August 11, 2004

Gorge Trio "Open Mouth, O Wisp"

I would like to begin by playfully thumbing my nose at anyone who thinks that Mundane Sounds is slowly turning into another Deerhoof fan page. Admit it, haters: Deerhoof rules, and almost any record that a member of said band has input in is a slice of sonic gold…even the ones that caused this website's editor to (not so) dismissively invent a sub-genre called “rehearsal rock” (like Natural Dreamers). Besides, at the very least, I wasn’t too biased to tell you that the Nervous Cop record sucked, which is why the word “almost” appeared in the previous sentence. Having said all of that, I have come to (cautiously) recommend an album by yet another Deerhoof side project, the Gorge Trio.

Guitarist John Dieterich is a Gorger, and as any fan of his main band can expect, large sections of the trio’s latest album Open Mouth, O Wisp consist of Dieterich and fellow guitarist Ed Rodriguez doing their best Zoot Horn Rollo/Antennae Jimmy Semens impersonations while drummer Chad Popple throws his kit down a flight of stairs. In fact, the best description I can muster of this record is that it’s what a CD changer stuffed with nothing but Deerhoof side projects would sound like set on “random”…and when I say “random,” I *mean* it. The track listing is largely unnecessary, but not because all of the songs sound the same. It’s for quite the opposite reason. Not only does each song sound different from the one that came before it, but many songs change tack two or three times during their brief tenure (about a fourth of the 22 songs on Open Mouth actually surpass the two-minute mark).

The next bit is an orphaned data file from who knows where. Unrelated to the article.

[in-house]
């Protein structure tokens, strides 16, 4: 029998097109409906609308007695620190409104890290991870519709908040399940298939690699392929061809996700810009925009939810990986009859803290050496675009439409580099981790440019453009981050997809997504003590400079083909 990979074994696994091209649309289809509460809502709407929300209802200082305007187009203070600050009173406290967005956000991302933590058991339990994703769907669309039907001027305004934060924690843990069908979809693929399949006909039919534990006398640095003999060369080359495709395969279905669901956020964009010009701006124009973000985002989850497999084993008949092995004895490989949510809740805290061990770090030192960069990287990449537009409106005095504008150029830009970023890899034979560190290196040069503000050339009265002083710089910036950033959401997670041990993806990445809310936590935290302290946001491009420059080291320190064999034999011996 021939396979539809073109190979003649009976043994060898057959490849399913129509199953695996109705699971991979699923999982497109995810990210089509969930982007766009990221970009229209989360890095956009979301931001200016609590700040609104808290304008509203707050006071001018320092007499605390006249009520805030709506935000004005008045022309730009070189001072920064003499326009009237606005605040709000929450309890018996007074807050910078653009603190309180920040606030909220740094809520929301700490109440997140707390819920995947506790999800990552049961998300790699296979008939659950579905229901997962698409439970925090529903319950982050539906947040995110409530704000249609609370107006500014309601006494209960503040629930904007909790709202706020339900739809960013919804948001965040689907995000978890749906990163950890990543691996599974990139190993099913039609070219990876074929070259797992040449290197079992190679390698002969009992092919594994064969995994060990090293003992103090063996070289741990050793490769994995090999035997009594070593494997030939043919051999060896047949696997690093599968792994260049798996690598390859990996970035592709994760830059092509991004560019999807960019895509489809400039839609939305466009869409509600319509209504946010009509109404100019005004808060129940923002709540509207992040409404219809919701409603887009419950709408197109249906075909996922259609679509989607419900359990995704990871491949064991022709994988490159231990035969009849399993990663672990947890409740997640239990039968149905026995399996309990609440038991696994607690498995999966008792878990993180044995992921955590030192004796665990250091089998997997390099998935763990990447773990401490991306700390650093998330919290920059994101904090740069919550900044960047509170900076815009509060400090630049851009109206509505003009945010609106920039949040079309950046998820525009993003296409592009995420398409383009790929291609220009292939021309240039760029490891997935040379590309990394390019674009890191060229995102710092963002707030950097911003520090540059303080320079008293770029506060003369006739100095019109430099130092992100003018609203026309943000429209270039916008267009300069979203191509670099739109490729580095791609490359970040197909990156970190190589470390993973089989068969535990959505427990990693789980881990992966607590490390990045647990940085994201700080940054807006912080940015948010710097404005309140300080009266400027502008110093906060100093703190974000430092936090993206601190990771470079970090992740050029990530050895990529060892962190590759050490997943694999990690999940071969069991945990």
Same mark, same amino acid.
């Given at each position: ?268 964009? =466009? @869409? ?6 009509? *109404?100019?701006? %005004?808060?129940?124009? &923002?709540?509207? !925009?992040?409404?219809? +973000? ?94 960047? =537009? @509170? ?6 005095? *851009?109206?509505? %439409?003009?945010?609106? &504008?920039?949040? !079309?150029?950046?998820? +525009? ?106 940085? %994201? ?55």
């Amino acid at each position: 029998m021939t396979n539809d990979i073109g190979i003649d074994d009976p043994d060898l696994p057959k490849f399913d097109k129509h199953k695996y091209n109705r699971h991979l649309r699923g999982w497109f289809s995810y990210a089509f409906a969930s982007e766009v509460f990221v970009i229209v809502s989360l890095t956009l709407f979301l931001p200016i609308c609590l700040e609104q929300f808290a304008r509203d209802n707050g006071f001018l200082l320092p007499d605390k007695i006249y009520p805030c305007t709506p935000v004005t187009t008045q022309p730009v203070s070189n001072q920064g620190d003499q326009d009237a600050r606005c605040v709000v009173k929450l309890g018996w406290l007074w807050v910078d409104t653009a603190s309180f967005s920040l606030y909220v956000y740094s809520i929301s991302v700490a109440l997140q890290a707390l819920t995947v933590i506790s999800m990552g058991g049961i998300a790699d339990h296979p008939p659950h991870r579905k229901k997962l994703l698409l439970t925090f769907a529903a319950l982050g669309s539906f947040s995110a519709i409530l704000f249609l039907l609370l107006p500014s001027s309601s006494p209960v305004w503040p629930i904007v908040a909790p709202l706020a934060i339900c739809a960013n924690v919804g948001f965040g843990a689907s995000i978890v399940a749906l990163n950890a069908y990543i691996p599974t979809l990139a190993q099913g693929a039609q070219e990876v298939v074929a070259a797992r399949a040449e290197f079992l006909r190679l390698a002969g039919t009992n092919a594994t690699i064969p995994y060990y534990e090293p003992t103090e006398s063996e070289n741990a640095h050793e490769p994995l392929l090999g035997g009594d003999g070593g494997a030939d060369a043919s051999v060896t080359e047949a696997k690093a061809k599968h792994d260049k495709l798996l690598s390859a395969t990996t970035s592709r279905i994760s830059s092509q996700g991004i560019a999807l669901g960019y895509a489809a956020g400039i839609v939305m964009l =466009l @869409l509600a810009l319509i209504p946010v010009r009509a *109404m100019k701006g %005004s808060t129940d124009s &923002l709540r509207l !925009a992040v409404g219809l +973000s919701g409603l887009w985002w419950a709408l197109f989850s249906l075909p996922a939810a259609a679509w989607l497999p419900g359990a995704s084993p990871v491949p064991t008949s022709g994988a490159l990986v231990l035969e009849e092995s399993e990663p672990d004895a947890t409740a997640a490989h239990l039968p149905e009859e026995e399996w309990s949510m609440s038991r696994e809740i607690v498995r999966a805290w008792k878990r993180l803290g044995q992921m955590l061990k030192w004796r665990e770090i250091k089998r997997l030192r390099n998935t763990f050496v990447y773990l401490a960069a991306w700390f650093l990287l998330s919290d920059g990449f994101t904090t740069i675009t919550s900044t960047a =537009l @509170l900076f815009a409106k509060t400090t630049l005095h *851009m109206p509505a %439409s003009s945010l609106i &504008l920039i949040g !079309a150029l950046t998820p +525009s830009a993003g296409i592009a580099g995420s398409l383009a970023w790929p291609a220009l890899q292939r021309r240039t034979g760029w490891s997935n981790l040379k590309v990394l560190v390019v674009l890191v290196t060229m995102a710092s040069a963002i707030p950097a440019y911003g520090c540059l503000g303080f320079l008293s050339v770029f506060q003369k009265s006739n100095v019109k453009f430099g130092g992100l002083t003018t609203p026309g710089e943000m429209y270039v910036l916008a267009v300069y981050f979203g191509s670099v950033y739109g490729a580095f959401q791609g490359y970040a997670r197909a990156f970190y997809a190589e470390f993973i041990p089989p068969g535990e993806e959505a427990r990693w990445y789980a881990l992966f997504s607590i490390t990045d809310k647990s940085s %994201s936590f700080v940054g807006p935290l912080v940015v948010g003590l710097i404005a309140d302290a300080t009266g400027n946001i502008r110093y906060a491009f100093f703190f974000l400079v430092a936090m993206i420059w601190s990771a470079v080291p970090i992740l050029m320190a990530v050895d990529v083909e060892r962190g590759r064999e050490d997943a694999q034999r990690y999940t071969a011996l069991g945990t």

Opener “A Comedy in Sun” starts out sounding like two cats slowly walking on the same piano, but ends with a guitar/bass/drums jam that sounds like a free jazz record stuck in a locked groove. “Words” is a slice of pendulum piano pop that ends with a blast of static, and segues directly into “The Invisible Student,” which sounds like an acoustic version of the previous track’s main riff stripped of its rhythmic backbone…at least until the flutes (??!?) come in. The warped tape manipulations “Masks for Quilts” seem lifted from a Christian Marclay record, but then again, Marclay would have never thought to intersperse a vibraphone solo halfway through the song. The title track is a slight piece of fake gamelan that renders almost all of the Sun City Girls’ Carnival Folklore Resurrection series obsolete (which, admittedly, doesn’t say much). At four minutes, the comparatively epic “Roof Halves and Dewdrop Gems” takes a long time to ease into a growling Sonic Youth-style crescendo.

Most of the aforementioned songs, though, are anomalies on a record that is otherwise neatly divided between the lopsided string-strangling of Natural Dreamers (“Youth Island,” “Health Seekers,” “Intimate Addition”), the cutesy synthesizer experiments of the Curtains (“The Lurker,” “Divining a Hot Spot,” “The Age of Almost Living”) and the directionless digital screeching of Nervous Cop (“Memo to an Apparition,” “Dawn of a Piccolo”). If you own records by any of these aforementioned side projects, Open Mouth‘s fascinating moments will greatly outweigh the frustrating ones. If not, chances are you’ll be like Joseph and start complaining about how putting out a CD is too easy nowadays every time someone puts this album on. You already know what side of the fence I’m on. Besides, Deerhoof don’t plan on putting a new album out until 2006, so I’ll need *something* to tide me over until then.

--Sean Padilla

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